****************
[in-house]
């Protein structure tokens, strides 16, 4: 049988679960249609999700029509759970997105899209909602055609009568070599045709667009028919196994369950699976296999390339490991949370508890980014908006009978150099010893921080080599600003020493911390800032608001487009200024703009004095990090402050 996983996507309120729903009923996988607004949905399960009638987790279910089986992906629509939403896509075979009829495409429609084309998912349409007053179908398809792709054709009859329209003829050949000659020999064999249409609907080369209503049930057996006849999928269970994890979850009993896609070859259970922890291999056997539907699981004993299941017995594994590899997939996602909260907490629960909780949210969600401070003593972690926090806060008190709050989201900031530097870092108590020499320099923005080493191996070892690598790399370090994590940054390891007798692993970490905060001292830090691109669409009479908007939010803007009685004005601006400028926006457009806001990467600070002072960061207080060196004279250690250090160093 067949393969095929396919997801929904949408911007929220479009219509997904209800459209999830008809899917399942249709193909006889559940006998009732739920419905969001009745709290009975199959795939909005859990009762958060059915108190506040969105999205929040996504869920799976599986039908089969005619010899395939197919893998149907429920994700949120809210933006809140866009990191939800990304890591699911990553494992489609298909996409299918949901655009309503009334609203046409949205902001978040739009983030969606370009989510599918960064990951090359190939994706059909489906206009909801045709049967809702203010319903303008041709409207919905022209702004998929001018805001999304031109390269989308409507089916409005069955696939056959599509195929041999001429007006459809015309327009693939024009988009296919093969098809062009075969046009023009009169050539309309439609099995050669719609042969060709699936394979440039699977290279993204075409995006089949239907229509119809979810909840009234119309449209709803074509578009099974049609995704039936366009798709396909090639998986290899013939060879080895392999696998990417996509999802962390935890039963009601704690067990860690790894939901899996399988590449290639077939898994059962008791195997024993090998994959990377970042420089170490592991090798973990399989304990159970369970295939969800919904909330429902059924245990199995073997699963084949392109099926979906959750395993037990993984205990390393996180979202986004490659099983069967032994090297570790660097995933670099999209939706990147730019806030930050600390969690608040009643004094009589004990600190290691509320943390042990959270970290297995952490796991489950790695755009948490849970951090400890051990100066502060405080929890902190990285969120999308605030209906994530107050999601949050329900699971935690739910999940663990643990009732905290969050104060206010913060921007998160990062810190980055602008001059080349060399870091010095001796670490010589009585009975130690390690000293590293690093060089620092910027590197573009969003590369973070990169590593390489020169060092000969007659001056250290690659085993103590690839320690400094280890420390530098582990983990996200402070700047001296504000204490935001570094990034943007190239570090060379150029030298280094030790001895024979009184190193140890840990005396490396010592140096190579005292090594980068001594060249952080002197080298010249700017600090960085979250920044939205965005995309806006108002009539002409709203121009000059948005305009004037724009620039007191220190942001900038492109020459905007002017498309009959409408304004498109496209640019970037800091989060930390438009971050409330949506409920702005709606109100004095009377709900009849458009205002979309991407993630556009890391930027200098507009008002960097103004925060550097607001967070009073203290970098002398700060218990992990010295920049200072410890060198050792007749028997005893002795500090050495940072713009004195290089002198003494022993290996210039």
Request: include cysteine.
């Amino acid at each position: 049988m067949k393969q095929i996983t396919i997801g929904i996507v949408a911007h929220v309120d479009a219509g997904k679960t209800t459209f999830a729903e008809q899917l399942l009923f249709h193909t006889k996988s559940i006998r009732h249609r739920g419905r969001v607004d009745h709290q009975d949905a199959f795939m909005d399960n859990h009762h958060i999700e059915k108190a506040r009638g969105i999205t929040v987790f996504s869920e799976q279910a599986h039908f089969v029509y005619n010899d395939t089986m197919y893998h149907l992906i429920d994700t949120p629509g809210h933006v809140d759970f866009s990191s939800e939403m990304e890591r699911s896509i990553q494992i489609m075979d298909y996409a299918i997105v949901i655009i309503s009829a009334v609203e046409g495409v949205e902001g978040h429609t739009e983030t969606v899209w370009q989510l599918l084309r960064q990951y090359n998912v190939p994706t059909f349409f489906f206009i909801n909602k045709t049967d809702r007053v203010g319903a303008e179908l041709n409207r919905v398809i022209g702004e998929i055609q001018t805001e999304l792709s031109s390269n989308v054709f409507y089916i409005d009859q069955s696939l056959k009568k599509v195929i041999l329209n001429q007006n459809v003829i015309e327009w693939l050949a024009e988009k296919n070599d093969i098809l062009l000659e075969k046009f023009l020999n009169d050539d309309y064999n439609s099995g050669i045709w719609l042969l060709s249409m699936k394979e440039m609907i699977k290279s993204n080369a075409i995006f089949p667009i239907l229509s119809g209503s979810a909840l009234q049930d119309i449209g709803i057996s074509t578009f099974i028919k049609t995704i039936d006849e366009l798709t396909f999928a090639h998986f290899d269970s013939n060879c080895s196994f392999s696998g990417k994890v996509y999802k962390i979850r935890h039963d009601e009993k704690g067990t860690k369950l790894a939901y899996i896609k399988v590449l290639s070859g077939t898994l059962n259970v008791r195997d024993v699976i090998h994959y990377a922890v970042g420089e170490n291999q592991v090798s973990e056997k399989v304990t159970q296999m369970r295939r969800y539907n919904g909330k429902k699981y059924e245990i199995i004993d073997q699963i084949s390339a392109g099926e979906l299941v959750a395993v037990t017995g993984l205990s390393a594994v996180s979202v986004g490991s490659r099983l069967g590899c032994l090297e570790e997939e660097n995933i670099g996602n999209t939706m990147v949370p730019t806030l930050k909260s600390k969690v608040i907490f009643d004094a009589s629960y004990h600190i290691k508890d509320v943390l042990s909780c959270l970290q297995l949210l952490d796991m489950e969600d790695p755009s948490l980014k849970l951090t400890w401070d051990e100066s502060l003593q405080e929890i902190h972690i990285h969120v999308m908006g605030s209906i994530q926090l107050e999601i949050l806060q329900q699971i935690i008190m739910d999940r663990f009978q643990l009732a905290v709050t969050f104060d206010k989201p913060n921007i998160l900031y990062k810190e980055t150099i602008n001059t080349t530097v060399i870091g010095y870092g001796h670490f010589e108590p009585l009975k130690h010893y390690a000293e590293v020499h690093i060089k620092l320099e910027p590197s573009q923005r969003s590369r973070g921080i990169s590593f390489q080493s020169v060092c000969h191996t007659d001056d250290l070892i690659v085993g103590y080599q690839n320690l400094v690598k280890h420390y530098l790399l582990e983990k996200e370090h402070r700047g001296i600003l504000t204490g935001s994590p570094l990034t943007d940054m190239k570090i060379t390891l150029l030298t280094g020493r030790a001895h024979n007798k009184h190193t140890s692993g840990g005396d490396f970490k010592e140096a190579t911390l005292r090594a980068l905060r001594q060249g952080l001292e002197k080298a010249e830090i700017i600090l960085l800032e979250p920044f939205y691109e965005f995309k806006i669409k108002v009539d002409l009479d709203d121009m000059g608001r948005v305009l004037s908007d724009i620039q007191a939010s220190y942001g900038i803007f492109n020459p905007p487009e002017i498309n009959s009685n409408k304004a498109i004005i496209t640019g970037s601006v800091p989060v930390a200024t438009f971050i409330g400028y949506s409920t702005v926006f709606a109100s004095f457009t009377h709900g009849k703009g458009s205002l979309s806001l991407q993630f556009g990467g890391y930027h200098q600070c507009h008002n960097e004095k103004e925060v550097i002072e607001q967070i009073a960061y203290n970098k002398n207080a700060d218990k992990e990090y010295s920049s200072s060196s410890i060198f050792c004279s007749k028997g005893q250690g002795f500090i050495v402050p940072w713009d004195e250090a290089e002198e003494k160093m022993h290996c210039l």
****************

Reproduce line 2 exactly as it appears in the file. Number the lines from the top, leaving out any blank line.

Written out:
């Protein structure tokens, strides 16, 4: 049988679960249609999700029509759970997105899209909602055609009568070599045709667009028919196994369950699976296999390339490991949370508890980014908006009978150099010893921080080599600003020493911390800032608001487009200024703009004095990090402050 996983996507309120729903009923996988607004949905399960009638987790279910089986992906629509939403896509075979009829495409429609084309998912349409007053179908398809792709054709009859329209003829050949000659020999064999249409609907080369209503049930057996006849999928269970994890979850009993896609070859259970922890291999056997539907699981004993299941017995594994590899997939996602909260907490629960909780949210969600401070003593972690926090806060008190709050989201900031530097870092108590020499320099923005080493191996070892690598790399370090994590940054390891007798692993970490905060001292830090691109669409009479908007939010803007009685004005601006400028926006457009806001990467600070002072960061207080060196004279250690250090160093 067949393969095929396919997801929904949408911007929220479009219509997904209800459209999830008809899917399942249709193909006889559940006998009732739920419905969001009745709290009975199959795939909005859990009762958060059915108190506040969105999205929040996504869920799976599986039908089969005619010899395939197919893998149907429920994700949120809210933006809140866009990191939800990304890591699911990553494992489609298909996409299918949901655009309503009334609203046409949205902001978040739009983030969606370009989510599918960064990951090359190939994706059909489906206009909801045709049967809702203010319903303008041709409207919905022209702004998929001018805001999304031109390269989308409507089916409005069955696939056959599509195929041999001429007006459809015309327009693939024009988009296919093969098809062009075969046009023009009169050539309309439609099995050669719609042969060709699936394979440039699977290279993204075409995006089949239907229509119809979810909840009234119309449209709803074509578009099974049609995704039936366009798709396909090639998986290899013939060879080895392999696998990417996509999802962390935890039963009601704690067990860690790894939901899996399988590449290639077939898994059962008791195997024993090998994959990377970042420089170490592991090798973990399989304990159970369970295939969800919904909330429902059924245990199995073997699963084949392109099926979906959750395993037990993984205990390393996180979202986004490659099983069967032994090297570790660097995933670099999209939706990147730019806030930050600390969690608040009643004094009589004990600190290691509320943390042990959270970290297995952490796991489950790695755009948490849970951090400890051990100066502060405080929890902190990285969120999308605030209906994530107050999601949050329900699971935690739910999940663990643990009732905290969050104060206010913060921007998160990062810190980055602008001059080349060399870091010095001796670490010589009585009975130690390690000293590293690093060089620092910027590197573009969003590369973070990169590593390489020169060092000969007659001056250290690659085993103590690839320690400094280890420390530098582990983990996200402070700047001296504000204490935001570094990034943007190239570090060379150029030298280094030790001895024979009184190193140890840990005396490396010592140096190579005292090594980068001594060249952080002197080298010249700017600090960085979250920044939205965005995309806006108002009539002409709203121009000059948005305009004037724009620039007191220190942001900038492109020459905007002017498309009959409408304004498109496209640019970037800091989060930390438009971050409330949506409920702005709606109100004095009377709900009849458009205002979309991407993630556009890391930027200098507009008002960097103004925060550097607001967070009073203290970098002398700060218990992990010295920049200072410890060198050792007749028997005893002795500090050495940072713009004195290089002198003494022993290996210039």